Everyone suffers from writer’s block: Switch gears or put it down and rest.

Even when you know your writing mode, writing can be a difficult process; your energy comes in fits and spurts, your love for your topic waxes and wanes. When you hit a road block, change it up. Sometimes very simple changes can give you a boost. When I find myself struggling, I switch fonts, or change the spacing from single to double. Often the effect is just to defamiliarize the text, so you see it differently. If writer’s block still persists and the words elude you, take a break. Sometimes a day or two can make a difference in how the argument reads to you—the logical leaps, grammatical errors or infelicitous word choices will leap off the page.

There is a danger, though, in always caving at the first resistance to writing. Writing is hard work. It requires endurance and persistence. Force yourself to try to write for at least 10-15 minutes. A mentor was fond of saying, “Screw your a-- to the chair and don’t get up.” Like exercise, sometimes the thought of writing is more painful than the actual practice, and once you start, you find it comes more easily than anticipated.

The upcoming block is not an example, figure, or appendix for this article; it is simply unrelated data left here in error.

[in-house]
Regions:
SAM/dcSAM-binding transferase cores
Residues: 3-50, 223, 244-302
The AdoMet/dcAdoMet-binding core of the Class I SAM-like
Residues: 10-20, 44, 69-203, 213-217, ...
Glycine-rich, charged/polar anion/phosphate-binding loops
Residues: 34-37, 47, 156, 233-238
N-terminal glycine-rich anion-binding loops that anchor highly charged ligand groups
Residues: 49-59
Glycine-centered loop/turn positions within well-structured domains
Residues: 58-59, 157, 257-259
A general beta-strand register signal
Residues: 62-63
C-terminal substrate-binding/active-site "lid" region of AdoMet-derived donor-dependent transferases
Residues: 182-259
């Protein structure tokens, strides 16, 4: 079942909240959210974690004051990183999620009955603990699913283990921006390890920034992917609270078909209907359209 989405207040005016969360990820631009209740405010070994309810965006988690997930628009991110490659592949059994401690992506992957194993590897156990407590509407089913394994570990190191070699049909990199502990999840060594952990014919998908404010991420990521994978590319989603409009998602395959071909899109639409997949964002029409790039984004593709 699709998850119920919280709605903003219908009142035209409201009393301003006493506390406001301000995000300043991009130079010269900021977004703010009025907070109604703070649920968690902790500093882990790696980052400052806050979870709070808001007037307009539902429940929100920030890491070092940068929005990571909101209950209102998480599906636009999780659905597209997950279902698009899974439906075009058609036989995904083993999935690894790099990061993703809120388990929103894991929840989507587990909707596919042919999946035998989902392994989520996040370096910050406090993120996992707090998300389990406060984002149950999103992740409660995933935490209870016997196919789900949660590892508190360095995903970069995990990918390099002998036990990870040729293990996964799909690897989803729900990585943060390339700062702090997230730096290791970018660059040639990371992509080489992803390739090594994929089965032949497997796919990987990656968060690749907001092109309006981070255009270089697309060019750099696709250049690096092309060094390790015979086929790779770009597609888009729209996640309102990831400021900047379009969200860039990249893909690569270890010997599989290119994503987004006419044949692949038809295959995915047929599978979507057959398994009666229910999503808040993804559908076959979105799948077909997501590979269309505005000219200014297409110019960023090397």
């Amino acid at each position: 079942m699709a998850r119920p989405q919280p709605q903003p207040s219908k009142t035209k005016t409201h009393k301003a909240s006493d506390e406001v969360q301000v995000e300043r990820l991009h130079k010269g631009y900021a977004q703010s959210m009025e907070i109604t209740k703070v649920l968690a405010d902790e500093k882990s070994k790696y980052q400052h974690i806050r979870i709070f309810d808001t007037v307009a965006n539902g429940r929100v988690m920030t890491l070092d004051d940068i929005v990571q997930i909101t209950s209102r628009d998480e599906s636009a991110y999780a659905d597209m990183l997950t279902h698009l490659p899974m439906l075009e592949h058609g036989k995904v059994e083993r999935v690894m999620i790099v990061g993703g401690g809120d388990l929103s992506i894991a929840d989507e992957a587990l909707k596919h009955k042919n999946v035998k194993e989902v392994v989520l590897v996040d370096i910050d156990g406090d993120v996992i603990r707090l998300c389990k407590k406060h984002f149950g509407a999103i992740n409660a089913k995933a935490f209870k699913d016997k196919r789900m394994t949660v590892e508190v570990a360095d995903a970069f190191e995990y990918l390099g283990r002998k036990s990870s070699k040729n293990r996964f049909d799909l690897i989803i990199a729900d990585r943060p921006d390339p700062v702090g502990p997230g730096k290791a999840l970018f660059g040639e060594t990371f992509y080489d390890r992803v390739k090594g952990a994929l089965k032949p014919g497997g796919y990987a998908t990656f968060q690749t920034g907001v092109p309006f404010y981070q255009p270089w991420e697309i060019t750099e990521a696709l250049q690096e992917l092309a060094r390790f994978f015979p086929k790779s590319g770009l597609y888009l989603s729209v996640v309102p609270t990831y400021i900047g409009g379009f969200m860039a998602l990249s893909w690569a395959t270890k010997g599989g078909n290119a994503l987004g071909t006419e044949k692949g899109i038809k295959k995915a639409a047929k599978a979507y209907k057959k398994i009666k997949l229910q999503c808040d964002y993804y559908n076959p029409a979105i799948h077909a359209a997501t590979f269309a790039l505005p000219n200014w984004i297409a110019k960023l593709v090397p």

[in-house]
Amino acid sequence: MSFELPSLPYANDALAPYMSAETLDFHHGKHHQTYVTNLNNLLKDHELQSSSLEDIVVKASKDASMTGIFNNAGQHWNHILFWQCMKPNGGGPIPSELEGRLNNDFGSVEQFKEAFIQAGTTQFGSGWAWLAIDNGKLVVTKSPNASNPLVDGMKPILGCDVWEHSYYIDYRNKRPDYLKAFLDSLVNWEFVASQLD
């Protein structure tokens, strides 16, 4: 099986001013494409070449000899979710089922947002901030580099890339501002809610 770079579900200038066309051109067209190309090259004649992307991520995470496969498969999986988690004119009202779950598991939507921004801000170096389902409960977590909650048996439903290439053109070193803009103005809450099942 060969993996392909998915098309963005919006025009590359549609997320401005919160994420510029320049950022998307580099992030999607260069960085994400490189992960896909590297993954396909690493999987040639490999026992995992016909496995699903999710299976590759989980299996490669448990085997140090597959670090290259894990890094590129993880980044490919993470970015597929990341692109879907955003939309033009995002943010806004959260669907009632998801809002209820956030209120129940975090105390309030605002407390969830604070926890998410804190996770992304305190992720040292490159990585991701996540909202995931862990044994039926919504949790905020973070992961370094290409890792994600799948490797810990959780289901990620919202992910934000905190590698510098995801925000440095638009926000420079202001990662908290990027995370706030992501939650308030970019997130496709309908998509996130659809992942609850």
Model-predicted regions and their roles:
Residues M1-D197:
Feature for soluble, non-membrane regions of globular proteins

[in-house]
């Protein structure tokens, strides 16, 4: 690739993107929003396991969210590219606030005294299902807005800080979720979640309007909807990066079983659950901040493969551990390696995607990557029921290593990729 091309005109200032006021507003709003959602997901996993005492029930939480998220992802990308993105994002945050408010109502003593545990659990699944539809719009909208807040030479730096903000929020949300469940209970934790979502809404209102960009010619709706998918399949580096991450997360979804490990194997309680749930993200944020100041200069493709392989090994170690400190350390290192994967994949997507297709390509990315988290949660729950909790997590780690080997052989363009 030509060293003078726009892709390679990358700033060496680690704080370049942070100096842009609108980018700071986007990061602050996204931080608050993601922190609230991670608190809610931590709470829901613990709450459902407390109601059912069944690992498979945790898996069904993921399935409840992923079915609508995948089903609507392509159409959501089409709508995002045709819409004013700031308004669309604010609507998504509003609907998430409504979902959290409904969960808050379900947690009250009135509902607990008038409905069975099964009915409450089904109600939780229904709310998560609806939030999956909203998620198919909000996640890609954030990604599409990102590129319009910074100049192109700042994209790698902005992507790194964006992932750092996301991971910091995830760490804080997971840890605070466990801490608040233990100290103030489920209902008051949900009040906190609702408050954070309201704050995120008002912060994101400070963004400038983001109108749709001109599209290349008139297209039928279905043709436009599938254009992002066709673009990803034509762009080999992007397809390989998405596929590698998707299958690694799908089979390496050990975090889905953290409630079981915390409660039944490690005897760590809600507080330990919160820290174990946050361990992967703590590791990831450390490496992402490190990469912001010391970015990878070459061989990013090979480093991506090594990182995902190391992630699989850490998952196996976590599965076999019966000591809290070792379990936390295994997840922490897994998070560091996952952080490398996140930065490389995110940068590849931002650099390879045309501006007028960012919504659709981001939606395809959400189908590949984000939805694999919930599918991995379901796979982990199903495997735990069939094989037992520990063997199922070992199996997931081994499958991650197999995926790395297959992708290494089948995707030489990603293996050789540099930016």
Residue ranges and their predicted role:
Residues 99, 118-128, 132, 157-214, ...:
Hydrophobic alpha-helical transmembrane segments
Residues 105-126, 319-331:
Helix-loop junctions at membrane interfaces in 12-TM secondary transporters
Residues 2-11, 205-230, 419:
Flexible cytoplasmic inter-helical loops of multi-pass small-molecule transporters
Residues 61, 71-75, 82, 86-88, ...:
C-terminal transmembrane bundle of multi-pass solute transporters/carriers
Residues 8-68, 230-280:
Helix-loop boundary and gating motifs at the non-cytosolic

Never fall in love with your own writing: Edit with a vengeance.

This piece of advice is owed to a former mentor who repeated it as a mantra. Whether you are a whittler, a refiner, or somewhere in between, we often fall in love with our own prose, unable to let go of a snappy sentence or an ingenious turn of phrase. Editing is the key to good writing, however, and you cannot be afraid to leave material on the cutting room floor.

Place yourself in the reader’s position and ask yourself if the sentence/paragraph/section is really essential. Because we often think we know what our words mean, we fail to realize that our readers may not find our thoughts to be so crystalline. Defamiliarize your own writing by putting the text away or it may be helpful to print out and proofread in hard copy; words will look different on the page than on the computer screen. Finally, avoid the fetish of the footnote as the last refuge for material that should be cut. It is cliché but true that less is often more.


Additional Resources

  • Writing Workshop Video: A September 2008 presentation by Vice Dean Barry Friedman, Professor Florencia Marotta-Wurgler, Patrick Garlinger, ’09, and Ilana Harmati, ’10, on student legal writing.
  • Eugene Volokh, Academic Legal Writing: Law Review Articles, Student Notes, and Seminar Papers (2003)
  • The Bluebook: the guide to legal citation to use in writing and editing legal scholarship.